We need to come to our senses when it comes to teaching. I’ve been told that teaching kids to memorize their times-tables don’t matter anymore. Cool. I can understand the pedagogical reasoning behind a bunch of suits deciding that memorizing and rote learning are obsolete in the 21st century. They’re deciding upon this ideal because they’ve read a bunch of articles about modern day learning and I can agree because kids come to school with cellphones that are more like cameras with a bunch of apps rather than communication devices. And every cell, dating back twenty years, includes a calculator – so I’m fine with that. But there are gaps between teaching and educational theorizations that do a disservice to kids. Kids. Remember what we all got in this for? And one of them is a general understanding of teaching, cultivating, fostering, and validating Emotional Intelligence.
Currently, I have 26 children that are in my “homeroom”. I teach them the core subjects: math, English, and science, as well as a little bit of this and that. Currently, I have a child who writes on par with me. Like, literally, if I asked her to elaborate on the topic of emotional intelligence her writing could hold, at the least, a dim lit candle, to the things that I am about to type out. On the other hand, I have kids who, don’t even need a reminder, but instead, need to be taught to capitalize the first letter of the first word when starting a new sentence. That is my reality on a day to day. Which is also besides the point, because what intrigues me is that both of these kids have a high “E.I”, or Emotional Intelligence. And somehow, in our world of social media and “clout” and networking, we have failed at grasping just how to analyze and assess that in our schools.
I bet that if you swapped these two kids in their home life, neither parent would be able to distinguish the academic difference of either child. The kid who writes prose like a young Stephen King and the kid who doesn’t know that he should capitalize at the beginning of the sentence are both likely capable when it comes to washing dishes, or taking out trash, and undoubtedly fit within normalized dynamics of an average household. Both understand how to manage their own emotions and both are able to articulate their intent. But when the school work gets slapped down, one is way more subjectively competent than the other.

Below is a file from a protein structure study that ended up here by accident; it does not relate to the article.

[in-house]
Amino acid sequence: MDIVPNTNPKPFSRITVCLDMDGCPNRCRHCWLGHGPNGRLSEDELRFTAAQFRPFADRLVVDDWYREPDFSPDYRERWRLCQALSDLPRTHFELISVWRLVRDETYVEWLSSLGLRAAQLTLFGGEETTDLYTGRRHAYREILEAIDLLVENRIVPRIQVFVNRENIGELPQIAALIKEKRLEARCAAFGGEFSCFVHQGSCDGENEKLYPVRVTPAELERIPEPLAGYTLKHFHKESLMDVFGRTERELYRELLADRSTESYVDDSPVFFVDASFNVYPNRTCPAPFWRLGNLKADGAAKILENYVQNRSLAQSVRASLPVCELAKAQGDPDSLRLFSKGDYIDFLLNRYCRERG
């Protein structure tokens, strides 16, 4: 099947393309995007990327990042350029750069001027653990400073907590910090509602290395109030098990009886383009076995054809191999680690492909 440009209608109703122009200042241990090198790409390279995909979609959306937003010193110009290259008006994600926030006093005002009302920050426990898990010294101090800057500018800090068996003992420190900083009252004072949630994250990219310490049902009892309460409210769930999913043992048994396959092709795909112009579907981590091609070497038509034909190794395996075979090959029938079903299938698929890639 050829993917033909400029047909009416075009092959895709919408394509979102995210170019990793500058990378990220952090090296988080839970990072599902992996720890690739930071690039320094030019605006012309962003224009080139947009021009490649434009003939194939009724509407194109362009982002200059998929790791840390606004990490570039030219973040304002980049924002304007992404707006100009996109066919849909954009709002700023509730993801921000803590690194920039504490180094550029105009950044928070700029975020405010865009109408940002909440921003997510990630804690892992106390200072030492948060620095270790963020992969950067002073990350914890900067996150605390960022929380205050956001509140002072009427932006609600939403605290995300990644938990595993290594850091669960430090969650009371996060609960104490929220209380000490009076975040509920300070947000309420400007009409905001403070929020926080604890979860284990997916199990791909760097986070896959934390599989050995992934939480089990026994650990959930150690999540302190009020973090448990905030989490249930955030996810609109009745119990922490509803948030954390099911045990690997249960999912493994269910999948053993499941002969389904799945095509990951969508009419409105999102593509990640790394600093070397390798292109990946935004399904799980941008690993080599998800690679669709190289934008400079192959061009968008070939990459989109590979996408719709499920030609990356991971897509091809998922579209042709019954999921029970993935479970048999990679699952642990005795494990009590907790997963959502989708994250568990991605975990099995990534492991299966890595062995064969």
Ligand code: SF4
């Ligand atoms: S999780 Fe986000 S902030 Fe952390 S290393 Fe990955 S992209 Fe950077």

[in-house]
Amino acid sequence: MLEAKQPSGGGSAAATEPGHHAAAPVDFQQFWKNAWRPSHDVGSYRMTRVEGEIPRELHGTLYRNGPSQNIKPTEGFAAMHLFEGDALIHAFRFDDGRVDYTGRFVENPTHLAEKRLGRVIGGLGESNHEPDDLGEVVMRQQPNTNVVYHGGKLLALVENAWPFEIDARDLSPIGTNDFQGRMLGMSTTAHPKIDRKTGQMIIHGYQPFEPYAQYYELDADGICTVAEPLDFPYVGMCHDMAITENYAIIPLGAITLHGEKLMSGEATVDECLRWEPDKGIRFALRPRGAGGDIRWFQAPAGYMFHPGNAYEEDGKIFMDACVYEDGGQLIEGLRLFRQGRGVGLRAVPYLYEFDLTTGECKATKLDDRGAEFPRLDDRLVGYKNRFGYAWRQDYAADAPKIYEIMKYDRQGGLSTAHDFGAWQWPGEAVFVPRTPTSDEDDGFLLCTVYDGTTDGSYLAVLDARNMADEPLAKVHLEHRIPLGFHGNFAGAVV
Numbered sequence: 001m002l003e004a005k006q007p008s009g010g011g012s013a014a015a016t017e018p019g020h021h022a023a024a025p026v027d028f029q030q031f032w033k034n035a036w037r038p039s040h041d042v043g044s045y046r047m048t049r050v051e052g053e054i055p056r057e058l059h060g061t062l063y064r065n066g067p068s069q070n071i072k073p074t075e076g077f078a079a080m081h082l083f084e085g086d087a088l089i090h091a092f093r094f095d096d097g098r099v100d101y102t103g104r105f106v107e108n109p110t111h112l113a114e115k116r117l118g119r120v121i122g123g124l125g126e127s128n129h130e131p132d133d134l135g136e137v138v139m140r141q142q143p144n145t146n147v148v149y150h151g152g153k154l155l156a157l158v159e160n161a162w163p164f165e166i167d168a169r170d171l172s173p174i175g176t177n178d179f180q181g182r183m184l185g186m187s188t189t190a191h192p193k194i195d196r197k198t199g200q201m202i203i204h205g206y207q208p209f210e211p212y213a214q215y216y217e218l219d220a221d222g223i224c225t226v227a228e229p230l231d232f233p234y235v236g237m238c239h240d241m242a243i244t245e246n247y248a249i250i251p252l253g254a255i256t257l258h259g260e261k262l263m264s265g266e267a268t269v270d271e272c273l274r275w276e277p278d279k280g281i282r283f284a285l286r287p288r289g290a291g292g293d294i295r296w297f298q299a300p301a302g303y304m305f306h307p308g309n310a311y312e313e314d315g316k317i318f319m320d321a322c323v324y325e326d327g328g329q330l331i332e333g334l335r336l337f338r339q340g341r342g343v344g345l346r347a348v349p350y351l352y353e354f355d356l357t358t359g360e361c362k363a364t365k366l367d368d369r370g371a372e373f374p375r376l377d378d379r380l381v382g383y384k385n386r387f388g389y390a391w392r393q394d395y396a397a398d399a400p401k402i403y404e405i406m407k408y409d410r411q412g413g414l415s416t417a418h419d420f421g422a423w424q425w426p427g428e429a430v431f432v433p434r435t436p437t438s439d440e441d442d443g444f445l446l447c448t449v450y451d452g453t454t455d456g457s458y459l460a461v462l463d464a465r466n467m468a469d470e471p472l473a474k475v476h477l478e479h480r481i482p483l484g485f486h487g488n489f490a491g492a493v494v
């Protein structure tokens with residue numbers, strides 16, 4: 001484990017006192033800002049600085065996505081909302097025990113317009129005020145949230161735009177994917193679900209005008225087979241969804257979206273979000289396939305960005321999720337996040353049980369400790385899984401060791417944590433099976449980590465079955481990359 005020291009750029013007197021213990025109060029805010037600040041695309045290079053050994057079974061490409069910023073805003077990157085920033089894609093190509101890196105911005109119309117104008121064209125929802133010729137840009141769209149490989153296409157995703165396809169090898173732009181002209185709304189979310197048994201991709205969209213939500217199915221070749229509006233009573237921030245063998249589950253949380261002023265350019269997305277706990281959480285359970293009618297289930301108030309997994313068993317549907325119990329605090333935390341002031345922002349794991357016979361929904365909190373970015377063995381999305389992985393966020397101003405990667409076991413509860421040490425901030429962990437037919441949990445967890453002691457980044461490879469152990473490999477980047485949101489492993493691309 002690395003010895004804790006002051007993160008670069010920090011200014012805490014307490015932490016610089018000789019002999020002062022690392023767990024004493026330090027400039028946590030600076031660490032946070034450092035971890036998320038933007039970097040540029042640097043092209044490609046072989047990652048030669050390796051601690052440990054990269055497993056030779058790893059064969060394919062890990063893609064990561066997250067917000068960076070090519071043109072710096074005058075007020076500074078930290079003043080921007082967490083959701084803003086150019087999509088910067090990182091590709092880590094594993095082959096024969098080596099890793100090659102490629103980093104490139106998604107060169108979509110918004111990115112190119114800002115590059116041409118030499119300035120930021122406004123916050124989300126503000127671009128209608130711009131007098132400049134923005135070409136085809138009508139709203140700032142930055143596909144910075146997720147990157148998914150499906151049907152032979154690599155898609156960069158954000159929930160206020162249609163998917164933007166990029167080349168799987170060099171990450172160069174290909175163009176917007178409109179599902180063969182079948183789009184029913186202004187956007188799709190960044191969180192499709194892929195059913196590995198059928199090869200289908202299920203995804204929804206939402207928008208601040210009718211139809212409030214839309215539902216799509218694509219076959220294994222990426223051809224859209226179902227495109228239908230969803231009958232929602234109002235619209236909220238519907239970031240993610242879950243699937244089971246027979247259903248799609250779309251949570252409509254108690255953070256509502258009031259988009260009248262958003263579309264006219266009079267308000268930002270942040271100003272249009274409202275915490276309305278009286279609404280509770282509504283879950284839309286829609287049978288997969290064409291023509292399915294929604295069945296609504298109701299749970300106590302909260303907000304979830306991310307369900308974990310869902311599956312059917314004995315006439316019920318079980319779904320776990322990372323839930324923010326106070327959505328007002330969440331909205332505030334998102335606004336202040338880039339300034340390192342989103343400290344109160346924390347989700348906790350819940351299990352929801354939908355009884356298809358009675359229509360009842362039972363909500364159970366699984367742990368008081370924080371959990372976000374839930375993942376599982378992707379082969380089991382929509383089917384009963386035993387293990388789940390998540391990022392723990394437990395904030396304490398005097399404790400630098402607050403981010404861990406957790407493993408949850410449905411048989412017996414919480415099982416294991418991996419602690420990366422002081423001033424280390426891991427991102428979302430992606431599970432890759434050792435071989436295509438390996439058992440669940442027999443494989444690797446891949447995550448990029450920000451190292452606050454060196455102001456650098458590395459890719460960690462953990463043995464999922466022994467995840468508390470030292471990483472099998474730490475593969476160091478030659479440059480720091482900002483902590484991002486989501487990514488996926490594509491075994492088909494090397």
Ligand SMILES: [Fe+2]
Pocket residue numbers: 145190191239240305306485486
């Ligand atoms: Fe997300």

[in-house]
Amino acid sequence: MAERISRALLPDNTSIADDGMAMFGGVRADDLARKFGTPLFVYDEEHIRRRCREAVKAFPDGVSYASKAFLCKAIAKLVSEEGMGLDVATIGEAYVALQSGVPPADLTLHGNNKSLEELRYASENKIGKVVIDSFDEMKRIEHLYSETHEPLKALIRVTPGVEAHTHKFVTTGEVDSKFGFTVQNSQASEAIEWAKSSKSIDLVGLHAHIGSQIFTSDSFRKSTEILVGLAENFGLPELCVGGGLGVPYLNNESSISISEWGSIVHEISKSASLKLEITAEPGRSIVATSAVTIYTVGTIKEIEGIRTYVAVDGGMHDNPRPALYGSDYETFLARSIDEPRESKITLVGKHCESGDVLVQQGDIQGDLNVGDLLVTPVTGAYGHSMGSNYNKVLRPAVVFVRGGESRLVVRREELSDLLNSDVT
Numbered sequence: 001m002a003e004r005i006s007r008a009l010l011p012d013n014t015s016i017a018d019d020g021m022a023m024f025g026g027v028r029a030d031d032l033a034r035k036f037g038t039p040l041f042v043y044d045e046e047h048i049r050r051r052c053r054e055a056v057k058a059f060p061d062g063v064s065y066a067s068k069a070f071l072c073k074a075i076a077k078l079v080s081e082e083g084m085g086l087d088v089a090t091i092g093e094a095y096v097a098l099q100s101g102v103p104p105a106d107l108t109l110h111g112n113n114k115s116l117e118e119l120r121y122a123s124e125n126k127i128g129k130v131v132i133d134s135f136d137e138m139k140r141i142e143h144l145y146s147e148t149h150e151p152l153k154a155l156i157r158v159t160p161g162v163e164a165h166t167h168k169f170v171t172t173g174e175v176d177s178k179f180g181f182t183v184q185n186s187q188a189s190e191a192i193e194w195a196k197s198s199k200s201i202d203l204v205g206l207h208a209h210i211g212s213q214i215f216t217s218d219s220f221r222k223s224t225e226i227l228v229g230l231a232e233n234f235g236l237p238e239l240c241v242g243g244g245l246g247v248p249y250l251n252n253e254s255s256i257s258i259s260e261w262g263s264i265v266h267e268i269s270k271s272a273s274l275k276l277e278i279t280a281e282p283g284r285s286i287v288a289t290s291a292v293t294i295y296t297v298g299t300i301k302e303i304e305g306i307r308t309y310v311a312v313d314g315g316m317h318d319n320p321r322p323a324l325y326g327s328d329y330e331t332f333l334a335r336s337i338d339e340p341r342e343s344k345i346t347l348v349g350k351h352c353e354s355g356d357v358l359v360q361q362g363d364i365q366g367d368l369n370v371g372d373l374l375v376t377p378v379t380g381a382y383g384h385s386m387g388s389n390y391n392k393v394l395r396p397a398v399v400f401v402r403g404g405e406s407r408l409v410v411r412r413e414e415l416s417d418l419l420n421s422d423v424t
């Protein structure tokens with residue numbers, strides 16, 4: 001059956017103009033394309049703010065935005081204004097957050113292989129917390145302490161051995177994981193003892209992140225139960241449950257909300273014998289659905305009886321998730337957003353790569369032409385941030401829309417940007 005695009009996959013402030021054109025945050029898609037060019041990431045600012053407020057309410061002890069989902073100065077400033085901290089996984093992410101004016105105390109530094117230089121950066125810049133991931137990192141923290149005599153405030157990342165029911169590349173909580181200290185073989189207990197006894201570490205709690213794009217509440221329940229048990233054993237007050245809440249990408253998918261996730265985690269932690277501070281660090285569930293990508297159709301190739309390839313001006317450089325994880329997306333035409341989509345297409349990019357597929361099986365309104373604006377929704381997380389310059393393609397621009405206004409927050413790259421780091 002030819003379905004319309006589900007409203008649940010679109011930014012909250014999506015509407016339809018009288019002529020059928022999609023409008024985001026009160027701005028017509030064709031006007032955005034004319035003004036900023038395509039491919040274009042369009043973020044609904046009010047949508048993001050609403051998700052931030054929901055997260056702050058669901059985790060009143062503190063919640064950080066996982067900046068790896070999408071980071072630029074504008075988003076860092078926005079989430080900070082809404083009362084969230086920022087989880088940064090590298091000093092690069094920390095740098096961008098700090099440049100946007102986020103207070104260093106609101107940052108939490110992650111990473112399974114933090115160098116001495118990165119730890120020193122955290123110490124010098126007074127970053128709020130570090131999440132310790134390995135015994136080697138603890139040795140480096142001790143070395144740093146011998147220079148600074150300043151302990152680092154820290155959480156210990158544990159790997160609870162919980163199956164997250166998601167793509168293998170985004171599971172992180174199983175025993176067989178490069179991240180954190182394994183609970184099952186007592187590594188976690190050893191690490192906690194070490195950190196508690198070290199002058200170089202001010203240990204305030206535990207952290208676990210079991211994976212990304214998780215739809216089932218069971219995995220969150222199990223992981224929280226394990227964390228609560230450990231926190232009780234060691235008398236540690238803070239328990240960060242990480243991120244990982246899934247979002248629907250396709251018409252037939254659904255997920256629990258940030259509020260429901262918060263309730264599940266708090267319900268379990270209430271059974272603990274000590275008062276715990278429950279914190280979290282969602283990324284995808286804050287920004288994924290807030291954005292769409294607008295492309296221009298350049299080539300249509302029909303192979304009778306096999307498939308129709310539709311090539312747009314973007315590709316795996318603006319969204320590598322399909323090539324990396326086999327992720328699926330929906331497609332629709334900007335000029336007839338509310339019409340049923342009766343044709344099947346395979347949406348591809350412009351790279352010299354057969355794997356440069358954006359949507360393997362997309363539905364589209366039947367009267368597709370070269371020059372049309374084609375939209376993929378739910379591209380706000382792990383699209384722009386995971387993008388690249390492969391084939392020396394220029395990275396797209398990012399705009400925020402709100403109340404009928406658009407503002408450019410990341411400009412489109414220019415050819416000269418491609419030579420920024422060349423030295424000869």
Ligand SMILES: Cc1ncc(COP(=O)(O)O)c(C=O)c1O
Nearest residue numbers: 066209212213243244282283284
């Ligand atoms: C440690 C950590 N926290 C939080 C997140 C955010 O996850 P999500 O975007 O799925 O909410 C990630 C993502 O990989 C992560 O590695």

Yet we supposedly value emotional intelligence – at least that’s what I hear over and over in staff meetings and workshops. Ironically, we ask a bunch of blanched, middle-aged teachers to heighten their own emotional intelligence to the point of deciphering, objectively, the emotional intelligence of the students they teach. Students who typically look nothing like them and are undoubtedly generations apart. And we ask them to do that through our overt emphasis on standardized this and thats and obscure evaluations where only one method and one way of linear thinking, taught and espoused by the teacher, is promoted. And then we wonder why “emotional intelligence” is just another wishy washy phrase we throw around in order to sound like we’re up with the times, in order to demonstrate that we actually care.
The most brilliant students I have taught over the last few years are the ones that don’t necessarily adopt the pedantic reality of “educational success” – no cap. And not to venture too far into another steam of thinking, but can you blame them? People are getting rich off of YouTube. Compounding how fame intertwines with making money would cloud any mind born post 2005. Emotional intelligence is as important as intelligence intelligence. Get the opportunity to sit in on a grad school class and you’ll realize that it is all, fundamentally, one in the same. Kids aren’t necessarily born smarter. It is the way we teach in traditional schools that relieves certain children while ostracizing other ones. Be open to how you, what you, and in what ways you validate “smartness” because it is all around you. You just need to step your emotional intelligence up.
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